Thursday, June 8, 2017

On 72 Hours (& beyond) in My Life as a Caregiver

When I told my friend Muriel that I was going to write a blog entry about 72 hours as my mother Jean’s caregiver, she replied with a laugh: 

I think your role has lasted more than 72 hours.

Muriel was right – it has been a much longer journey than three days.  

But two weeks ago, three days & events were extremely challenging, perplexing, & frustrating.  Not because of Jean, but because of just one of things that threatens recipients of home health care.

On Tuesday, May 16th, the home health care agency we have used for several years, informed me that Medicare had denied coverage of services for Jean, that they had no choice but to cease providing those services & had not been reimbursed by Medicare for the past year.

Because I trusted these nurses with my mother’s well-being & they had come highly recommended by a nurse who cared for my mother at the Advanced Wound Care Clinic at Methodist Hospital Sugar Land, I believed them & was devastated.

Last year, this same agency told me that Jean’s PCP would not sign off on home health care services, postulating that perhaps her doctor of several decades had committed an infraction of Medicare regulations & was wary.

I changed Jean’s PCP & got new orders for home health care

During these exasperating & confusing 72 hours & beyond, I contacted a medical supply provider to inquire about Jean’s ostomy supplies.  I wrote Senator John Cornyn, asking for his office’s assistance with appealing to Medicare.  More on that later.
I also called Medicare.

After a lengthy two hour phone call, which involved my proving that I was authorized to speak on Jean’s behalf, I learned some amazing truths & reassurance.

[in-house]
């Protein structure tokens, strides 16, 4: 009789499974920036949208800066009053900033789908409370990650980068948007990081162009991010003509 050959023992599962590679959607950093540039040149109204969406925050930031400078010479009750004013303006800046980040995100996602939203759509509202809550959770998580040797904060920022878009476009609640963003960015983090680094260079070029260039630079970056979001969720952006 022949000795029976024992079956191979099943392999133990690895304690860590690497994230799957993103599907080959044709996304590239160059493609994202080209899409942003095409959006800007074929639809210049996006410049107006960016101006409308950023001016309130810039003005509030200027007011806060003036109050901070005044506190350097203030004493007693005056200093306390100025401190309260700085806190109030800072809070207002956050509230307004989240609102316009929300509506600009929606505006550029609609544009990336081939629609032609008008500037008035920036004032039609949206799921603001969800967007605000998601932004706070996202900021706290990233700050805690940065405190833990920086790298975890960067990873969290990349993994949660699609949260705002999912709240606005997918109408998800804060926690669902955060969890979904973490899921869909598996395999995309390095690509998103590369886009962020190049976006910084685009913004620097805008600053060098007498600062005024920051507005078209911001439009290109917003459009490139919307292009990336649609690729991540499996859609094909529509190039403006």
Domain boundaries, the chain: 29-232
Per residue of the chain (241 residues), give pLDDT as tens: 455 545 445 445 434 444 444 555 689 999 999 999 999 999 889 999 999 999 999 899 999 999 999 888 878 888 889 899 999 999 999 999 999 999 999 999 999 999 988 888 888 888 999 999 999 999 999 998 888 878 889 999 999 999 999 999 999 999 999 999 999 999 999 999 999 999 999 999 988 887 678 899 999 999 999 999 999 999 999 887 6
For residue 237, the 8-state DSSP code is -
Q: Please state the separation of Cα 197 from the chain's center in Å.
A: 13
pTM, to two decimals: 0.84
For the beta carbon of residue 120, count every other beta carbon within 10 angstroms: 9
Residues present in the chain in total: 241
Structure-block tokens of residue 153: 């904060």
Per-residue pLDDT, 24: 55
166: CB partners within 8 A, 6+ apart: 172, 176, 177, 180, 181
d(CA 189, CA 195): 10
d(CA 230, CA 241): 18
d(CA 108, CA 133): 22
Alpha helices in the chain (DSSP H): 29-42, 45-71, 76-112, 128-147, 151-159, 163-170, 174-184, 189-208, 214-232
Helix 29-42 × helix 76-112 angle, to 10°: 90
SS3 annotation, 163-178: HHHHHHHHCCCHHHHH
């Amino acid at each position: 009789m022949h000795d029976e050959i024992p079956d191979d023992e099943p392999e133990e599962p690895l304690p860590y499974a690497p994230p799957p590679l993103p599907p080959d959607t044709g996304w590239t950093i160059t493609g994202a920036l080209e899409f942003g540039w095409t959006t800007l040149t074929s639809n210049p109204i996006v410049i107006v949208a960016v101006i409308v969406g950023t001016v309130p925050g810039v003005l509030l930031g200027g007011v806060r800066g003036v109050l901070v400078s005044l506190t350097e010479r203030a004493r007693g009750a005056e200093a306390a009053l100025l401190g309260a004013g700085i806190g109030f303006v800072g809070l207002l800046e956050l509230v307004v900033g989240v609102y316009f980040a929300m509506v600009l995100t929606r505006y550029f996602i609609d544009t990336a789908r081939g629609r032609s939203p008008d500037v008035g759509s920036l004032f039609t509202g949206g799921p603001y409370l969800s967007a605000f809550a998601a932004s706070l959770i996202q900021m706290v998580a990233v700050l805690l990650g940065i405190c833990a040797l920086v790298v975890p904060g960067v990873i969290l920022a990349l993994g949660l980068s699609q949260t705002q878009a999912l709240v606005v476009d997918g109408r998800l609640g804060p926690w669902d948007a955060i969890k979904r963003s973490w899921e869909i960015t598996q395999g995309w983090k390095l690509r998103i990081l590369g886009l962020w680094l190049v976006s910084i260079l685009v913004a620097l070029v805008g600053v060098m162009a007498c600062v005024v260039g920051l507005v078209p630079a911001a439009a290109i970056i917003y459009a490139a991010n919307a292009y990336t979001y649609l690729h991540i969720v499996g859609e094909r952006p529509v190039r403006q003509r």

Medicare informed me that Jean does indeed qualify for home health care services.  They also gave me dates & amounts paid to the agency we were using. 

This agency did not terminate services (they are required by regulations to notify us in writing & so far, we have received no such discharge notice) because of non-payment & denied coverage.

These nurses to whom I entrusted my mother’s care terminated services because they were not willing to accept payment within Medicare’s parameters.

And they mislead me & lied to me.  Or perhaps they offered alternative facts.
And underestimated me.

Did they not think I would make calls?

During those disturbing 72 hours & beyond, I contacted Jean’s current PCP & spoke with the staff member who coordinates all home health care services for the doctor’s patients.  Jean’s doctor has a preferred provider & the nurse assured me that they have never had a complaint about the agency he prefers.

In the process of trying how to obtain Jean’s ostomy supplies, the company I have been dealing with told me that Jean’s supplemental insurance said her account was no longer active. 

I called my sister Janet & said I have a crazy question to ask you because I did not believe that she had changed Jean’s supplemental insurance without telling me & giving me Jean’s new insurance card.

I also could not believe that all of Jean’s physicians have been sending claims & not calling about a lapse in coverage.

Jean’s supplemental, United Health Care through AARP, informed me that her account was absolutely current.  On a whim, I asked if our home health care agency had sent in a claim for a portion of what Medicare did not cover during 2016 or 2017.

The answer was a resounding no.

So, perhaps the agency we will never use again has a poor business model. 

I have no doubt that there is money to be made in home health care services.  But a provider needs a full staff & patients.  It is not always possible for the principals to be the nurses who visit patients to have a full-time job at a hospital.

Now, before all the nurses & home health care nurses I know respond in anger, my opinion of & respect for nurses remains intact.  I trust nurses & nurse practitioners.

However, I do not like being lied to or mislead about my mother’s eligibility for home health services. 

If I had been told the true reason for the agency, that my mother’s situation & care was not profitable, I would have been pissed.  I would have had the benefit of honesty.

Now, I am not just pissed.  I am enraged.  Not just hurt or disappointed, but full throttle enraged.